For a long time, NASA has been observing and studying the whereabouts of a red dwarf star called TRAPPIST-1. This star is where numerous earth-sized planets move around in a single solar system. As SlashGear reports, the TRAPPIST-1 is estimated to be about 40 light years away from the Earth. There are about seven plantes that revolve around this interesting star. Scientists have been amazed by the variety that these planets have. Just this week, a new study has been published showing findings that these planets have similar composition and density.

NASA Says the Seven TRAPPIST-1 'Earth-Sized' Planets Likely Have the Same Material Composition
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About the TRAPPIST-1 Seven Planets

The quest to discover the planets around TRAPPIST-1 started in 2016. Forbes notes that it has been performed by the NASA Transiting Planets and Planetesimals Small Telescope or TRAPPIST. Different observations were conducted and recorded using the retired Spitzer Space Telescope and ground-based telescopes. For years, scientist have been studying the external aspects of these planets. It is only until recently that the density of tehse planets have been studied.

TRAPPIST-1 Seven Planets Have Similar Composition, Far Different from that of Earth's

According to NASA, the similar density that these planets have, although varied in appearance, means that these planets likely have the same composition and ratio of materials such as silicon, iron, oxygen and magnesium. Moreover, these findings also suggest that the composition of these planets are different than the EArth's since these seven planets have eight percent less density as compared to that of the Earth. Thus, they might not have the same ratio and nature of materials.

Before its decommissioning mission in January 2020, Spitzer has been roaming around the system for over 1000 hours. NASA has utilized most of its tools using the Hubble and the Kepler in order to study the planetary system. As findings have been analyzed, they have concluded that the seven TRAPPIST-1 planets have indeed a very small variation of difference between each other, which amounts to as small as three percent.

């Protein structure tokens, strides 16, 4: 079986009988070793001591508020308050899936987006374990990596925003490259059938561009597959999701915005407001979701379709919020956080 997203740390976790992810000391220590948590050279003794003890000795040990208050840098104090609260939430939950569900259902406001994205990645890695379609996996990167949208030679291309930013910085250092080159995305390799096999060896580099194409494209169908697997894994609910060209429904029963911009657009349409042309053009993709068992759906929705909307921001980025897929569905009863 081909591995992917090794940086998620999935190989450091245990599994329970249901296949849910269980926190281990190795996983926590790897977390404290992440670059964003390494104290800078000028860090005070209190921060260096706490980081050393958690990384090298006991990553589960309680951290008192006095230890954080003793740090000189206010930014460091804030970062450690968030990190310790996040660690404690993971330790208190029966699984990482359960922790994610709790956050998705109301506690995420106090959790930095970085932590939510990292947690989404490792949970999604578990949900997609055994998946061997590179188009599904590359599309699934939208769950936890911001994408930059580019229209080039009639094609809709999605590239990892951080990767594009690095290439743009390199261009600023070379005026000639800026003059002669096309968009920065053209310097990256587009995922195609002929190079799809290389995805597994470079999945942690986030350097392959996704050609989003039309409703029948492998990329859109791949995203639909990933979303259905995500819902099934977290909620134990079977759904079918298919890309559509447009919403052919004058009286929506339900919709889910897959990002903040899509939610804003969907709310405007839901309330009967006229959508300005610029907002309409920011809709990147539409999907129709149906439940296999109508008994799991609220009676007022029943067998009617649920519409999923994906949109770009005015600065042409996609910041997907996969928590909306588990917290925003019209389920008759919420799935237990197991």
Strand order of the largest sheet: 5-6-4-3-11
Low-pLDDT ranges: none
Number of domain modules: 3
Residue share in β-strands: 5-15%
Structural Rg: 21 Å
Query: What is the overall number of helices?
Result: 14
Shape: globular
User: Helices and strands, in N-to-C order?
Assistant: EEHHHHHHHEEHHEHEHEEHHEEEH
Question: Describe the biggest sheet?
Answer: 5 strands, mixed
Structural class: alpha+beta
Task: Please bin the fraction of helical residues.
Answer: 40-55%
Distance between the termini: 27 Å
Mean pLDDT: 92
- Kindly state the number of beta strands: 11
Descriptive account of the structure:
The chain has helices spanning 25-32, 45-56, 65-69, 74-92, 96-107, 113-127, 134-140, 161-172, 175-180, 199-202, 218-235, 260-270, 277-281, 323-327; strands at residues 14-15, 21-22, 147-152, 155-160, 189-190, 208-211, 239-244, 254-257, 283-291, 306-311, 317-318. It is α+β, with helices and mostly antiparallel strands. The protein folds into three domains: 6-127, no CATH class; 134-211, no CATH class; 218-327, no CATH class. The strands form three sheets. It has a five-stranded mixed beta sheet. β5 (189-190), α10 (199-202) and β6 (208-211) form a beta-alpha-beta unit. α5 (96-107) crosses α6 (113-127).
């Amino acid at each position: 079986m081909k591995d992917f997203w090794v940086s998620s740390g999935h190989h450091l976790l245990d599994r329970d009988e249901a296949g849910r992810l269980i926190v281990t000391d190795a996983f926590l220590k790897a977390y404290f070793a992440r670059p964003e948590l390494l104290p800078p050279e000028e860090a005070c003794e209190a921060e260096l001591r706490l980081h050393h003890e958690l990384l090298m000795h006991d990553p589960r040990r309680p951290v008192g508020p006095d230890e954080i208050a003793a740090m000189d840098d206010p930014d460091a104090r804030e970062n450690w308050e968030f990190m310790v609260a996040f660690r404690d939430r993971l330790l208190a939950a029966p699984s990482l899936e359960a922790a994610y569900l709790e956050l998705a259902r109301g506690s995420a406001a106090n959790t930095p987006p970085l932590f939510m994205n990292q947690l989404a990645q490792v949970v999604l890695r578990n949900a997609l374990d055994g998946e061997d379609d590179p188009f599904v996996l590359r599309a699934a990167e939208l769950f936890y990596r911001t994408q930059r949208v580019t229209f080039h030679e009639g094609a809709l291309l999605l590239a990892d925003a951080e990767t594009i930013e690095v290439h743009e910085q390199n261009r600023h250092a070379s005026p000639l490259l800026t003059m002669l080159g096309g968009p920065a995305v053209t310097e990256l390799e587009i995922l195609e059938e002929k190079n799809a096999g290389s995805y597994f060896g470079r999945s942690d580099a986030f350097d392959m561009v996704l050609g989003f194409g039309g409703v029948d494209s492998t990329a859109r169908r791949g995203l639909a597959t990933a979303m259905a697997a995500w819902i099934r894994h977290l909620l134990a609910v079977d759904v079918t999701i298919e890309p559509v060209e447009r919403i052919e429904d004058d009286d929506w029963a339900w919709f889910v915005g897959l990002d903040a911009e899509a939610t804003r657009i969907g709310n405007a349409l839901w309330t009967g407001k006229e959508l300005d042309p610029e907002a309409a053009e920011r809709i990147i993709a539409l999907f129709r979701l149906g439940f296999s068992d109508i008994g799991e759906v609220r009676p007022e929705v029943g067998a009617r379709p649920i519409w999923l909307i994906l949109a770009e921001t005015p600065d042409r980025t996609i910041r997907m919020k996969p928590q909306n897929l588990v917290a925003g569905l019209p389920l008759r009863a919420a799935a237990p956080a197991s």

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The difference between those planets and Earth is about eight percent, said to be significant on a planetary scale. TRAPPIST-1 planets could have lower iron densities, with the study speculating a density of around 21 percent compared to 32 percent on Earth. The study also theorizes that the planets may not have solid iron cores. NASA admits the answer could be a combination of both scenarios, including some oxidized iron.

On a planetary scale, the difference is massive when compared with the planet Earth. The eight percent difference means that the TRAPPIST-1 planets may have lower iron densities. As the study finds, their iron density could be around 21 percent as compared to that of the Earth. Moreover, the study also finds that the planets could have solid iron cones. They also suggest that the plante smay contain some oxidized iron.

This discovery of difference is a great leap for astronomy, as it may mean that seven other planets could be either potentially more habitable or more dangerous than that of the Earth. More studies need to be conducted regarding the composition of these planets. As of now, experts ar starting with what they have to form hypothesis on these findings.

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